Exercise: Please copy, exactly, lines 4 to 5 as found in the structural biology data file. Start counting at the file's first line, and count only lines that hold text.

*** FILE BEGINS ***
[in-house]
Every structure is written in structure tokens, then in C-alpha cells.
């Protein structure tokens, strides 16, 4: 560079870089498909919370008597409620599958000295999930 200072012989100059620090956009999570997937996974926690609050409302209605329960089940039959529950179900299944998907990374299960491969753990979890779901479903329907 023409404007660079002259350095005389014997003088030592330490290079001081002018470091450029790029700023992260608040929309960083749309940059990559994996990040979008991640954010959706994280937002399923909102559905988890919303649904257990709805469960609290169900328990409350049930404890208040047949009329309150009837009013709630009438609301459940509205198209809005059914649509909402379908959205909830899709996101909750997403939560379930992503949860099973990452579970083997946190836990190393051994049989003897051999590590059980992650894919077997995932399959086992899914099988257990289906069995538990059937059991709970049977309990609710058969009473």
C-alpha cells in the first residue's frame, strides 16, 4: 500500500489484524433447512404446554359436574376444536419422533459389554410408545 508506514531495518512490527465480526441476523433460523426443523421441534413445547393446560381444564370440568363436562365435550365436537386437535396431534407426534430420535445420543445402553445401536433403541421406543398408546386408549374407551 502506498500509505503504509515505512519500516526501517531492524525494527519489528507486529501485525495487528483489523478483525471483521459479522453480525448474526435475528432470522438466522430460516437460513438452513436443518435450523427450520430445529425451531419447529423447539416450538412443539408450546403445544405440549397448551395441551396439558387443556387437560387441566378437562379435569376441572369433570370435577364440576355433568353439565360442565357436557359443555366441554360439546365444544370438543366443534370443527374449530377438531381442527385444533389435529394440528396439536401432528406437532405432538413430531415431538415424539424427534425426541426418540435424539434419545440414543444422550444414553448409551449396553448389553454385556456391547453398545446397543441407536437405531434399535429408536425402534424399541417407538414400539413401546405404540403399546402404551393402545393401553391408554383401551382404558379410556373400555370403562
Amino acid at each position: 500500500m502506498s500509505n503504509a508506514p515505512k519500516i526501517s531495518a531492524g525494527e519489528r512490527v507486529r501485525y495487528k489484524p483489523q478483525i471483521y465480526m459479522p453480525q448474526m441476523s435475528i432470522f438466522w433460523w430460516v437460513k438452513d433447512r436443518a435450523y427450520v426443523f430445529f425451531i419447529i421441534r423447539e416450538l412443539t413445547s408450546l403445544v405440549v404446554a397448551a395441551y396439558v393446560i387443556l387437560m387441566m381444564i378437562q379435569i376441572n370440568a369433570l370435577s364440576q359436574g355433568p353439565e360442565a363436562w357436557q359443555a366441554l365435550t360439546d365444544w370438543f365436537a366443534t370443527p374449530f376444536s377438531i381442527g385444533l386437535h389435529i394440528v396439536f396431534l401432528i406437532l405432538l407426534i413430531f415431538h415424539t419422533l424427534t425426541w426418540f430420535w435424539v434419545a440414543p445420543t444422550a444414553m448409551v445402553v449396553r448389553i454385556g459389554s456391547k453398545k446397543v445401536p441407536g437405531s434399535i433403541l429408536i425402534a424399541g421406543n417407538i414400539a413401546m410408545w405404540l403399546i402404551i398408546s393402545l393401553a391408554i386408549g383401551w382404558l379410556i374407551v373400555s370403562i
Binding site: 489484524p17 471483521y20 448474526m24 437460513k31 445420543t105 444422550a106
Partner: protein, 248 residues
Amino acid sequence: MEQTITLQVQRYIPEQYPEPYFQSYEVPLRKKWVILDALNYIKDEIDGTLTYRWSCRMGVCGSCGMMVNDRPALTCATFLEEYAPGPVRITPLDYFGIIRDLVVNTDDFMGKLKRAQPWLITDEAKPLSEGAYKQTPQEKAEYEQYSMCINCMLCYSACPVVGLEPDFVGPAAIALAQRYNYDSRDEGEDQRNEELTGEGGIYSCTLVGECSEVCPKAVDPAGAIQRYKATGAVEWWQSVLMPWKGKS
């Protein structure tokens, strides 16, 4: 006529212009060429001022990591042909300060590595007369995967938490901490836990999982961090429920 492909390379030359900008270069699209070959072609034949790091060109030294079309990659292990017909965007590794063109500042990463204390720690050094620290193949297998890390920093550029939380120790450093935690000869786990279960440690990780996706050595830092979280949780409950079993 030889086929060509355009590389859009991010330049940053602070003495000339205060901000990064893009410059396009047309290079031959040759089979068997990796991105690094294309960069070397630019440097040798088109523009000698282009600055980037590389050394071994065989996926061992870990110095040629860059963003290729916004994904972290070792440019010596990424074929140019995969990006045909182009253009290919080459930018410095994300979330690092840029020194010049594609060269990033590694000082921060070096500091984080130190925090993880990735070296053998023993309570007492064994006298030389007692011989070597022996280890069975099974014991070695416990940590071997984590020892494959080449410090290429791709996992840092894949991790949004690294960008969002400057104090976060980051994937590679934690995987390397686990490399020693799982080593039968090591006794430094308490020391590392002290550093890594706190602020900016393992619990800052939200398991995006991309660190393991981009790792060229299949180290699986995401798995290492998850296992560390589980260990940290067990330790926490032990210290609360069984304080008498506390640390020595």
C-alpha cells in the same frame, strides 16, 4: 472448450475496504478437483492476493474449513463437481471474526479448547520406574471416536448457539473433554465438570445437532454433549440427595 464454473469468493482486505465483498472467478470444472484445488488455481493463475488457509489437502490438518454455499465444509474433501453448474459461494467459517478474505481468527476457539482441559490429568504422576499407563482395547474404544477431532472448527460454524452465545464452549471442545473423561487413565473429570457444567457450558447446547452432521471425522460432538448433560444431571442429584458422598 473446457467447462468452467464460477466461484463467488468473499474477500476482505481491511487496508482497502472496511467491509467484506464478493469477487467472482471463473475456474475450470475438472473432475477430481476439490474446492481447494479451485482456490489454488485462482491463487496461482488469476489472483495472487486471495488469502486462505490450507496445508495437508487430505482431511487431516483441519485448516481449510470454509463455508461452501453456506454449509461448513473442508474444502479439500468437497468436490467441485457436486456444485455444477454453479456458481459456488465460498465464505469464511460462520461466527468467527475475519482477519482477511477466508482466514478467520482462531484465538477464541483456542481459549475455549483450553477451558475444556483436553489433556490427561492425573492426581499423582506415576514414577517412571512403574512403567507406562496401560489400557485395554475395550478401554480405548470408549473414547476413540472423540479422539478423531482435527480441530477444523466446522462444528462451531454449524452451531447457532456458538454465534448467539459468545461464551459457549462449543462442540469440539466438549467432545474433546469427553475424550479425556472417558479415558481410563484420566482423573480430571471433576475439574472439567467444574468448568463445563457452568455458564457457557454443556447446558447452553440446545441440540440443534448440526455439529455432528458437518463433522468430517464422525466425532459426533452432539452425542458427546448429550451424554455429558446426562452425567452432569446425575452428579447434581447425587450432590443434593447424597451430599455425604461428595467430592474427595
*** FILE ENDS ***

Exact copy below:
C-alpha cells in the first residue's frame, strides 16, 4: 500500500489484524433447512404446554359436574376444536419422533459389554410408545 508506514531495518512490527465480526441476523433460523426443523421441534413445547393446560381444564370440568363436562365435550365436537386437535396431534407426534430420535445420543445402553445401536433403541421406543398408546386408549374407551 502506498500509505503504509515505512519500516526501517531492524525494527519489528507486529501485525495487528483489523478483525471483521459479522453480525448474526435475528432470522438466522430460516437460513438452513436443518435450523427450520430445529425451531419447529423447539416450538412443539408450546403445544405440549397448551395441551396439558387443556387437560387441566378437562379435569376441572369433570370435577364440576355433568353439565360442565357436557359443555366441554360439546365444544370438543366443534370443527374449530377438531381442527385444533389435529394440528396439536401432528406437532405432538413430531415431538415424539424427534425426541426418540435424539434419545440414543444422550444414553448409551449396553448389553454385556456391547453398545446397543441407536437405531434399535429408536425402534424399541417407538414400539413401546405404540403399546402404551393402545393401553391408554383401551382404558379410556373400555370403562
Amino acid at each position: 500500500m502506498s500509505n503504509a508506514p515505512k519500516i526501517s531495518a531492524g525494527e519489528r512490527v507486529r501485525y495487528k489484524p483489523q478483525i471483521y465480526m459479522p453480525q448474526m441476523s435475528i432470522f438466522w433460523w430460516v437460513k438452513d433447512r436443518a435450523y427450520v426443523f430445529f425451531i419447529i421441534r423447539e416450538l412443539t413445547s408450546l403445544v405440549v404446554a397448551a395441551y396439558v393446560i387443556l387437560m387441566m381444564i378437562q379435569i376441572n370440568a369433570l370435577s364440576q359436574g355433568p353439565e360442565a363436562w357436557q359443555a366441554l365435550t360439546d365444544w370438543f365436537a366443534t370443527p374449530f376444536s377438531i381442527g385444533l386437535h389435529i394440528v396439536f396431534l401432528i406437532l405432538l407426534i413430531f415431538h415424539t419422533l424427534t425426541w426418540f430420535w435424539v434419545a440414543p445420543t444422550a444414553m448409551v445402553v449396553r448389553i454385556g459389554s456391547k453398545k446397543v445401536p441407536g437405531s434399535i433403541l429408536i425402534a424399541g421406543n417407538i414400539a413401546m410408545w405404540l403399546i402404551i398408546s393402545l393401553a391408554i386408549g383401551w382404558l379410556i374407551v373400555s370403562i